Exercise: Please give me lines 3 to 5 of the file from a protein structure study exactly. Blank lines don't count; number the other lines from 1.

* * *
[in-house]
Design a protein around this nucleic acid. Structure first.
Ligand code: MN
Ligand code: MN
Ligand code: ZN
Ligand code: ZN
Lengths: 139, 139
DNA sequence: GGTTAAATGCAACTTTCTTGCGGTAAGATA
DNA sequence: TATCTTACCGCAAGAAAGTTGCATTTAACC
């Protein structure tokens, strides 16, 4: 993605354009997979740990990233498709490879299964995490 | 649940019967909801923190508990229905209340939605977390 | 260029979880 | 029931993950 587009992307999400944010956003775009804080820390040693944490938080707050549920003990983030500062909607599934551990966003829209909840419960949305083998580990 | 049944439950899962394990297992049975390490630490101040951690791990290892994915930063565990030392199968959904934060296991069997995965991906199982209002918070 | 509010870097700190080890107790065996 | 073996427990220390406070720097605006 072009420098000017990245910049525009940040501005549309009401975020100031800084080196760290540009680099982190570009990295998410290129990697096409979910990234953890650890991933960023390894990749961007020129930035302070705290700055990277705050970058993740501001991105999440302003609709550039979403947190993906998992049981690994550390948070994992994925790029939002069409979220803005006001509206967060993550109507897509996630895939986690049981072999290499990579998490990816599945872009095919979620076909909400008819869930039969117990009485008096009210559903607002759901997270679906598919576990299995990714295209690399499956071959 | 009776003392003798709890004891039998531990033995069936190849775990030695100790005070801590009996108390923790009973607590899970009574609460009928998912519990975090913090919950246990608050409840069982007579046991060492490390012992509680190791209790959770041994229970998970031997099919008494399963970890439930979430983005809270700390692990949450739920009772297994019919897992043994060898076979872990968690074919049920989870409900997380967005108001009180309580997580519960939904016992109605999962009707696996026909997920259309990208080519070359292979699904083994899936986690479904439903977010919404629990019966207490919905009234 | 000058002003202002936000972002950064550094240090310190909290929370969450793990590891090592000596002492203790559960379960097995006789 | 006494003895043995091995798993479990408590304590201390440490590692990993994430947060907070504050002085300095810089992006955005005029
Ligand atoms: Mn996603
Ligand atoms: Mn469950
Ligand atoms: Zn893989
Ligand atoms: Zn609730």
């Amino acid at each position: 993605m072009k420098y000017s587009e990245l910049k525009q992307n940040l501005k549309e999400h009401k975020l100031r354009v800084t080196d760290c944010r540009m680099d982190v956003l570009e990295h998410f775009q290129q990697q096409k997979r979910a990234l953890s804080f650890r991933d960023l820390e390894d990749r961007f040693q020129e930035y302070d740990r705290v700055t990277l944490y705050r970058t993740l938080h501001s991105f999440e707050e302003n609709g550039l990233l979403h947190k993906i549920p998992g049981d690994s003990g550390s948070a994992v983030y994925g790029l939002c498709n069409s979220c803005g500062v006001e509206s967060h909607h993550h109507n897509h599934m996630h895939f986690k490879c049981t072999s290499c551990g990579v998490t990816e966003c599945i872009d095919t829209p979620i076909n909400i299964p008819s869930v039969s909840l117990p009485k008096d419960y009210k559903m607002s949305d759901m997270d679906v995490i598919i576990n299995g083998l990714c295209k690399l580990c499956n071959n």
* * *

Ligand code: MN
Ligand code: MN
Ligand code: ZN